Background functionality – Geofencing in the background is crucial to many projects, people generally don’t walk with their phone or apps open all the time. Background functionality differs with Android and iOS, but both have options to achieve the desired geofencing capabilities – you can see our blog post on “Will my geofencing function in the background” for more details.

Size – The size of a geofence typically raises some questions, how small can I go – or what is the maximum size of the geofence. There is no limit to how big a geofence is. You could even geofence the entire Earth, but then you could just send the same notification to all the app users in bulk, regardless of their position. Geofencing entire countries, cities or neighborhoods is a perfectly valid use case.

The minimum size depends on the technologies utilized, and also a bit on the physical location and the accuracy of GPS/WiFi data there. If you are just using native positioning, a good way to test the minimum size possible for your geofence by walking around in the area and look at the positioning accuracy in Google or Apple Maps. That is the same native positioning data as your application will be utilizing.  In some locations the minimum recommended radius could be 20-50 metres, sometimes you could go over lower. In no circumstance you should go under 5 metres radius with native positioning, as the ability to trigger it comes unstable. When beacons or other indoor positioning setup are added in the picture, you could go as low as 2 meters. This size would ensure there is no unnecessary bouncing in and out of the geofence. A common use case like geofencing different rooms, is quite nicely achievable.

Shape – A standard geofence is circular in shape, but polygon shape geofences are also possible to create. There are some limitations to what shape is recommended –  for example when you want to add a geofence around a single beacon, circle is the optimal shape. It is also worth noting that the calculating that is required for detecting polygonal geofences is much heavier, so it will not be as fast or reliable as with circular shapes.

Amount – Both Android and iOS native SDK’s offer a method for hard-coding geofences into an app. The limitation for iOS SDK is maximum 20 different geofences or regions that the application can detect. The same applies for Android, but the limit for geofence amount is 100 geofences. Using an external geofencing platform is one easy way to go over this limit. The Proximi.io platform has built-in automation for rolling the geofences the app is listening to at any one point, making it possible to listen to an endless amount of geofences.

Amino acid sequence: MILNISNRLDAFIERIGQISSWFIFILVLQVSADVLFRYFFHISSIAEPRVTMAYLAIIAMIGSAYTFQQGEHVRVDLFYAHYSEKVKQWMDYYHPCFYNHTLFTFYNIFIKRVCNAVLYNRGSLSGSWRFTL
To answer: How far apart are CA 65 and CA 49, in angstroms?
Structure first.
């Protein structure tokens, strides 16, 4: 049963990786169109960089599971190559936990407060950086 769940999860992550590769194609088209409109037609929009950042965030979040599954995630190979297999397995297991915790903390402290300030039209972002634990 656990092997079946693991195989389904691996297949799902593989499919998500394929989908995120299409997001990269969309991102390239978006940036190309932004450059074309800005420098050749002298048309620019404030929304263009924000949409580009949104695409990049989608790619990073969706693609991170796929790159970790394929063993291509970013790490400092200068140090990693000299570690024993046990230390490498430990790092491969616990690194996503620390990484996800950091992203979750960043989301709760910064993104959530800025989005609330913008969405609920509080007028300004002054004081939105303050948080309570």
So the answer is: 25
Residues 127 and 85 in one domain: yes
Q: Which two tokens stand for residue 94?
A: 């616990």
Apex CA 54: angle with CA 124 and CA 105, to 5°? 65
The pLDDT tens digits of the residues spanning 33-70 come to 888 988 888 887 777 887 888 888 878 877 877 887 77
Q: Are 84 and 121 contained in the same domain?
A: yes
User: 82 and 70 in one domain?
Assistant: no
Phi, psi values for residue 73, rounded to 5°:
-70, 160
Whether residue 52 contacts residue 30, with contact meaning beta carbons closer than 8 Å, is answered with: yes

Battery consumption – When building your application, you will need to plan for a careful balance between the accuracy, background functionality and battery consumption. Unavoidably, the battery consumption in your app will increase a bit when you activate location services, but with well-designed positioning stack the increase will not be disturbing to your app users.

How to use geofences?

How are geofences then used? In summary, there are five main things that you can do, when a geofence enter event is detected:

  1. Send a push notification
  2. Display visual content and media in the app
  3. Gather analytics (in the background)
  4. Verify entry/exit
  5. Trigger something in a 3rd party API

Here are some potential use cases in real life:

  • Send a lunch offer, when you walk by a restaurant around midday
  • Display information about museum items, when you walk in the exhibition
  • Calculating how many students are in a classroom
  • Collect points by visiting different stores
  • Check if the meeting room is empty
  • Turn on lights, when you enter a room

Check out our case studies for more inspiration!


Get started with geofencing!

Imagination is the limit of how what you can do with geofences. A fast, scalable and flexible way to get started is the Proximi.io platform.

What’s the benefit of using our platform:

  • Unlimited amount of geofences, size and shape
  • ability to edit the geofences on-the-fly and getting over the native amount limitations
  • analytics – visiting amounts, visiting frequency, dwell times and heat maps
  • Ability to choose one or multiple technologies all in combination

If you want to share some ideas and toss them around, we are always up for a brainstorming session: https://proximi.io/contact-us/